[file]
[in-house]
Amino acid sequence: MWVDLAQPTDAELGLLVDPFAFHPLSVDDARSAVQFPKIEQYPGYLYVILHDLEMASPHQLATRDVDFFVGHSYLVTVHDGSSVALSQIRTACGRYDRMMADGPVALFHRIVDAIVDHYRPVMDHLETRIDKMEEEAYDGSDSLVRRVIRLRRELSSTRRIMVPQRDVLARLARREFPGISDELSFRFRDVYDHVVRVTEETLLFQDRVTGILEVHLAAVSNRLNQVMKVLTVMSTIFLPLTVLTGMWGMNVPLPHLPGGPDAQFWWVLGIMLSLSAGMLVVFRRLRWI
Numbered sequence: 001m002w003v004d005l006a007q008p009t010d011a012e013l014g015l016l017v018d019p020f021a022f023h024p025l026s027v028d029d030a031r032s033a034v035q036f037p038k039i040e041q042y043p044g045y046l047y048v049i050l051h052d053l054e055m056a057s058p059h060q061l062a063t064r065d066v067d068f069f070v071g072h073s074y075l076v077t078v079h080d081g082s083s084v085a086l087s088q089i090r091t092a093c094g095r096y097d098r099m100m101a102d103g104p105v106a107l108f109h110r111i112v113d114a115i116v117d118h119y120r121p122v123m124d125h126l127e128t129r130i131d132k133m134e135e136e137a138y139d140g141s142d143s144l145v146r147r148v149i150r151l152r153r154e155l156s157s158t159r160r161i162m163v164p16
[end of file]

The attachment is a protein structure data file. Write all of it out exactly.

[in-house]
Amino acid sequence: MWVDLAQPTDAELGLLVDPFAFHPLSVDDARSAVQFPKIEQYPGYLYVILHDLEMASPHQLATRDVDFFVGHSYLVTVHDGSSVALSQIRTACGRYDRMMADGPVALFHRIVDAIVDHYRPVMDHLETRIDKMEEEAYDGSDSLVRRVIRLRRELSSTRRIMVPQRDVLARLARREFPGISDELSFRFRDVYDHVVRVTEETLLFQDRVTGILEVHLAAVSNRLNQVMKVLTVMSTIFLPLTVLTGMWGMNVPLPHLPGGPDAQFWWVLGIMLSLSAGMLVVFRRLRWI
Numbered sequence: 001m002w003v004d005l006a007q008p009t010d011a012e013l014g015l016l017v018d019p020f021a022f023h024p025l026s027v028d029d030a031r032s033a034v035q036f037p038k039i040e041q042y043p044g045y046l047y048v049i050l051h052d053l054e055m056a057s058p059h060q061l062a063t064r065d066v067d068f069f070v071g072h073s074y075l076v077t078v079h080d081g082s083s084v085a086l087s088q089i090r091t092a093c094g095r096y097d098r099m100m101a102d103g104p105v106a107l108f109h110r111i112v113d114a115i116v117d118h119y120r121p122v123m124d125h126l127e128t129r130i131d132k133m134e135e136e137a138y139d140g141s142d143s144l145v146r147r148v149i150r151l152r153r154e155l156s157s158t159r160r161i162m163v164p16